How to Grow Aquatic Plants


Growing aquatic plants is just a different form of gardening than most people are used to. There are many similarities to water gardens and soil gardens, such as how much light they need and the types of nutrients needed to keep the plants growing healthy. Although water gardens can be a challenge, aquatic plants are a beautiful and relaxing part of your landscape when taken care of properly.

Step 1

Purchase enough containers for your plants. Containers should be between 6 and 20 inches in diameter, depending on the size of your plant. Larger containers should be at least 10 inches deep. Cut burlap to lay in the bottom of the containers so the soil does not leak out the drain holes.

Step 2

Fill the container two-thirds of the way with a damp heavy loam soil. Push fertilizer tabs to about an inch off the bottom with your finger. Place the recommended amount of tabs in each container according to the directions for the size container and type of plant you will be growing.

Step 3

Place the plant on top of the soil and fill in around the roots. Different plants are to be planted in different ways. Hardy water lilies have a rhizome, which should be planted at a 45-degree angle from the top to bottom. The growing point of the rhizome, which looks like a small bud, should be toward the side of pot. Cover with soil so the bud is just above the soil. These plants can be placed in the pond when the water temperature reaches 50 degrees Fahrenheit or above.

Step 4

Plant tropical water lilies and lotus in the center of the pot. The rhizomes should be 2 to 4 inches deep with the growing points just above the soil level. Lotus rhizomes are easily damaged and should be handled very gently. Lotus can be placed in the pond at temperatures above 50 F and tropical lilies cannot go in the water until the temperature reaches at least 70 F.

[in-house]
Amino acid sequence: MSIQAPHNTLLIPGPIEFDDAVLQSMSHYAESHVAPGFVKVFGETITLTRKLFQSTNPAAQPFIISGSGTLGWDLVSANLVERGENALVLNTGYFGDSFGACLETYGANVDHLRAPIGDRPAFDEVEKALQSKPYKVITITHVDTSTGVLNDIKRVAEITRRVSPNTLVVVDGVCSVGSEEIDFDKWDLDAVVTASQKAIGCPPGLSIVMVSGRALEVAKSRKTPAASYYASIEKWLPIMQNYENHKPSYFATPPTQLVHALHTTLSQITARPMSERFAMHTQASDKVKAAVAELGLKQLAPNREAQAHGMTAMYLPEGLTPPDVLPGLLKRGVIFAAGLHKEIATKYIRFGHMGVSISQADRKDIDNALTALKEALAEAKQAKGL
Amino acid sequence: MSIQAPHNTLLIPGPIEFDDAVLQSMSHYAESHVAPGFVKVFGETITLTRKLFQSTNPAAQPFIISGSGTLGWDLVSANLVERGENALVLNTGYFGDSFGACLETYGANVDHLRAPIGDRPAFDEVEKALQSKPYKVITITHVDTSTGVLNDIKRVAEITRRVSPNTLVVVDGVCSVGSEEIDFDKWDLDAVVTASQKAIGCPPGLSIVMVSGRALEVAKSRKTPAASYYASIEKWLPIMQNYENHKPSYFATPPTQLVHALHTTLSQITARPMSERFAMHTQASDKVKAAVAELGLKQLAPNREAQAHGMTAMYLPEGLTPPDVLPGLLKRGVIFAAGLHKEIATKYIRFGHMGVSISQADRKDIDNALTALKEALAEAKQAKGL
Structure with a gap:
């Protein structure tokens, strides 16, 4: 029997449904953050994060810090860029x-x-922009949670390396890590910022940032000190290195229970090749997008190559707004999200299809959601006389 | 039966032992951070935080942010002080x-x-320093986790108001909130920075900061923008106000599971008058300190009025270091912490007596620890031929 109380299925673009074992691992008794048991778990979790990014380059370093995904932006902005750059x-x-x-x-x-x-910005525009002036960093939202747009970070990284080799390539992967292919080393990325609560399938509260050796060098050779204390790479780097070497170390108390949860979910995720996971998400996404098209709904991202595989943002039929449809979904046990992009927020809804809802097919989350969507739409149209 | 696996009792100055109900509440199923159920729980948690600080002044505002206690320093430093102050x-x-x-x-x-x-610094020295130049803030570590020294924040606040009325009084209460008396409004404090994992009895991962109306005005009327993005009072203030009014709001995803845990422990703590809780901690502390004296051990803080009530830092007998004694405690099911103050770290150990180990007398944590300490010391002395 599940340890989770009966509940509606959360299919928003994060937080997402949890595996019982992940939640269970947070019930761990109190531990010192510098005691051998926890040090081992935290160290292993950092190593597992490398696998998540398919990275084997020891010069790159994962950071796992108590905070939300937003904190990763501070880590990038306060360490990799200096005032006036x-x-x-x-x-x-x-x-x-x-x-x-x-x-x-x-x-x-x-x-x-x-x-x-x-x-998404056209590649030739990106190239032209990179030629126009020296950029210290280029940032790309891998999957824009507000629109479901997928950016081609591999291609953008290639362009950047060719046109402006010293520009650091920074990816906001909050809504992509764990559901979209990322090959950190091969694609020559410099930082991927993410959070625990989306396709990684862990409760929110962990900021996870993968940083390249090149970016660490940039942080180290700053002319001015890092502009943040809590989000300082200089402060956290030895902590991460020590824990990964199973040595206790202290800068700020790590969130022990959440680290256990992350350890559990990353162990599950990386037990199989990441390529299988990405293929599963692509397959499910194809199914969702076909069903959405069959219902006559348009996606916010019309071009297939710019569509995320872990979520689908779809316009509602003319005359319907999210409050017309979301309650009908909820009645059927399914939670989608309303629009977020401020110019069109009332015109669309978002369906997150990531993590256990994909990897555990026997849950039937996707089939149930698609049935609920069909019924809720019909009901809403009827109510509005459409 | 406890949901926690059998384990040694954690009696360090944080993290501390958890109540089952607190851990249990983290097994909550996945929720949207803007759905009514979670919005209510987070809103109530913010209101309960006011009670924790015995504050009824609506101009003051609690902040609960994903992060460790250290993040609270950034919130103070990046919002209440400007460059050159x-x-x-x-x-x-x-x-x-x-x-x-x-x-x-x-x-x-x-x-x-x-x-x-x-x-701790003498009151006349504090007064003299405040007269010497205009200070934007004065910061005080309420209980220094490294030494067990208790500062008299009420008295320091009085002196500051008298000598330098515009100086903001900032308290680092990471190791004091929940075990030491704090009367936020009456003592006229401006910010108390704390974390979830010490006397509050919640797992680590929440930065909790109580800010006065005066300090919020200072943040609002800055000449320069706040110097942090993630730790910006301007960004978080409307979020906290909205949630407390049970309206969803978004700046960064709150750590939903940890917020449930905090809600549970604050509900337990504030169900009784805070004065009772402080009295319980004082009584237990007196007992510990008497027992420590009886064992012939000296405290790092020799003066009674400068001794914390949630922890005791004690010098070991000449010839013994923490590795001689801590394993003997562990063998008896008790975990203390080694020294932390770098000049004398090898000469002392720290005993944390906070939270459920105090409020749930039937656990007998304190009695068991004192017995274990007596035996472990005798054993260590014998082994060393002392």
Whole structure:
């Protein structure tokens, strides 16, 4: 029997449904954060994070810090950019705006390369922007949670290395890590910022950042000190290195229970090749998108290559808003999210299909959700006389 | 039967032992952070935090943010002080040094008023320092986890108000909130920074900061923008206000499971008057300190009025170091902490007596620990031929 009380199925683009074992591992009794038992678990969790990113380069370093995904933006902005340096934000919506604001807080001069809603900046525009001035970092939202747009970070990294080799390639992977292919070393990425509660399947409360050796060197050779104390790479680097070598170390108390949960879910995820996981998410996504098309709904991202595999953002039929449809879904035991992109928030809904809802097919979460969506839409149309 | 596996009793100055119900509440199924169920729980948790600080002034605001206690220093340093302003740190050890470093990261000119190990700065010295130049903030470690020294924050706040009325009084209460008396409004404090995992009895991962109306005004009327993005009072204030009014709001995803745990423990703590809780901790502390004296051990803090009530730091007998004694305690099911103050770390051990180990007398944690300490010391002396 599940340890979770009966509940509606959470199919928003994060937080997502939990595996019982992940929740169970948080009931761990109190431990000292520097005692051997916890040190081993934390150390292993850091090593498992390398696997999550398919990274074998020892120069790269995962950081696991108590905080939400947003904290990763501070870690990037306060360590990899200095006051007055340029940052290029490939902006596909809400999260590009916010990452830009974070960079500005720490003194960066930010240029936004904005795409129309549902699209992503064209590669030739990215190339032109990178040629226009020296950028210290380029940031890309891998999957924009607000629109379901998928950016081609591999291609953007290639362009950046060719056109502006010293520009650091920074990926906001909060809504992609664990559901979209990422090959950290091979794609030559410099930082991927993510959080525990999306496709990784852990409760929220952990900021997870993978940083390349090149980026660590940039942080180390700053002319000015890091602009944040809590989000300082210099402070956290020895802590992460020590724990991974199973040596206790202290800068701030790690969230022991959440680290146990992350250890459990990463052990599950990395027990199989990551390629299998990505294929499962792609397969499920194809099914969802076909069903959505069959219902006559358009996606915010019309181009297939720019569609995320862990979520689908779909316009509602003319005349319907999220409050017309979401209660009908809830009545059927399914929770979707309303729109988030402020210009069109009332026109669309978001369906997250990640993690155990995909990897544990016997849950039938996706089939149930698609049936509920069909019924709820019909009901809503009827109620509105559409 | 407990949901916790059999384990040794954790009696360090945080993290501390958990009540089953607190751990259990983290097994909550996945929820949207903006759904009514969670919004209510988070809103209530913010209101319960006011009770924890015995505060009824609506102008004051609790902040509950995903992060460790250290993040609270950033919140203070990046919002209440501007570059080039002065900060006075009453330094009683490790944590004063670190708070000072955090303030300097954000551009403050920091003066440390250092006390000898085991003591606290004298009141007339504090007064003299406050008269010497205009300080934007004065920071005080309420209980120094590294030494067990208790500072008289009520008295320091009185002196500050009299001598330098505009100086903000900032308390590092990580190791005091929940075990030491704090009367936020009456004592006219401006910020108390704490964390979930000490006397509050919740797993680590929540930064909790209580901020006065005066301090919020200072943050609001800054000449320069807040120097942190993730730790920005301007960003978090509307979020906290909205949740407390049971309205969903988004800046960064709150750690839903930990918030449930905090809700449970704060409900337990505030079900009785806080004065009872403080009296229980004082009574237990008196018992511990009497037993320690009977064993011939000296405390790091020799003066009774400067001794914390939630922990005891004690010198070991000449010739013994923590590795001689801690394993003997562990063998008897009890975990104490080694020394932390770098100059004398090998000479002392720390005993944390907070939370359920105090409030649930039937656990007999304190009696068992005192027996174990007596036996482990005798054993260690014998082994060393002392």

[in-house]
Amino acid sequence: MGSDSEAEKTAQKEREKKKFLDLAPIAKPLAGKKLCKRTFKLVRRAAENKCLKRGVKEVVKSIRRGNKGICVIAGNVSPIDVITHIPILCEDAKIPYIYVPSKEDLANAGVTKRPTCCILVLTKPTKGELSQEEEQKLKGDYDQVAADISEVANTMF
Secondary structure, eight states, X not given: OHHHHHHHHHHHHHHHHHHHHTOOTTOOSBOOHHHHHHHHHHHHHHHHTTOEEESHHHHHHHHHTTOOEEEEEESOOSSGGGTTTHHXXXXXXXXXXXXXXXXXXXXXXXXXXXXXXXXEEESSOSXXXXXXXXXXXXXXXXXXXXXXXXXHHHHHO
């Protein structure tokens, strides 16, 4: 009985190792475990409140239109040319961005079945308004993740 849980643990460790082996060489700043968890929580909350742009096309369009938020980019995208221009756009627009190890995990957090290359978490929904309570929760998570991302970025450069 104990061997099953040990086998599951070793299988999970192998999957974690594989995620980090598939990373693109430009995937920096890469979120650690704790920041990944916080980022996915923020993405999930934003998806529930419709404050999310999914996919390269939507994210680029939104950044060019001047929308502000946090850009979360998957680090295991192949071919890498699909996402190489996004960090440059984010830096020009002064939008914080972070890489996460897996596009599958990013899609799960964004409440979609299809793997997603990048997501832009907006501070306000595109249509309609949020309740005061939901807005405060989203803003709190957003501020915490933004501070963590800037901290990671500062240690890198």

Step 5

Plant submerged plants with six to 10 plants per pot in the same fashion as the larger plants. If your pond will contain fish, you might want to put a cage around these plants as the fish tend to eat them. These plants put oxygen in the pond, so don't leave them out.

Step 6

Cover the soil with about 2 inches of gravel. This will keep the soil from clouding the water and weigh them down a bit from wind. If you have fish in the pond, use a larger-sized gravel or stones, as the fish may suck the small gravel in their mouth and get it stuck.

Step 7

Water the plants well so there will be less soil spillage when you lower them into the pond.

Step 8

Add bricks to the deep areas of the pond to hold the containers at an appropriate depth. Flowers and leaves of lilies and lotus should be above the waters surface. They can be lowered as they grow larger.

Step 9

Lower the containers very slowly to the location you have chosen. Lilies should be 6 to 12 inches below the surface and lotus about 4 inches. Submerged plants can be at any level, commonly placed on the bottom of the pond. Floating plants can just be placed in the pond when the water temperature is around 70 F and allowed to float.

Things You'll Need

  • Aquatic plants
  • Heavy clay loam soil
  • Containers with drainage holes
  • Burlap
  • Aquatic plant fertilizer tablets
  • Gravel
  • Stones
  • Bricks


  • Planting Aquatic Plants
  • Watergardening-Plant Life
Keywords: growing aquatic plants, caring for pond plants, planting aquatics

About this Author

Dale DeVries has been cooking for over 40 years. First teaching her five daughters to cook, she quickly moved on to teaching at a private High School. Dale has catered parties and weddings throughout her life, from gourmet to the simple family type dinners. She says the fun is in creating new recipes that noone has heard of.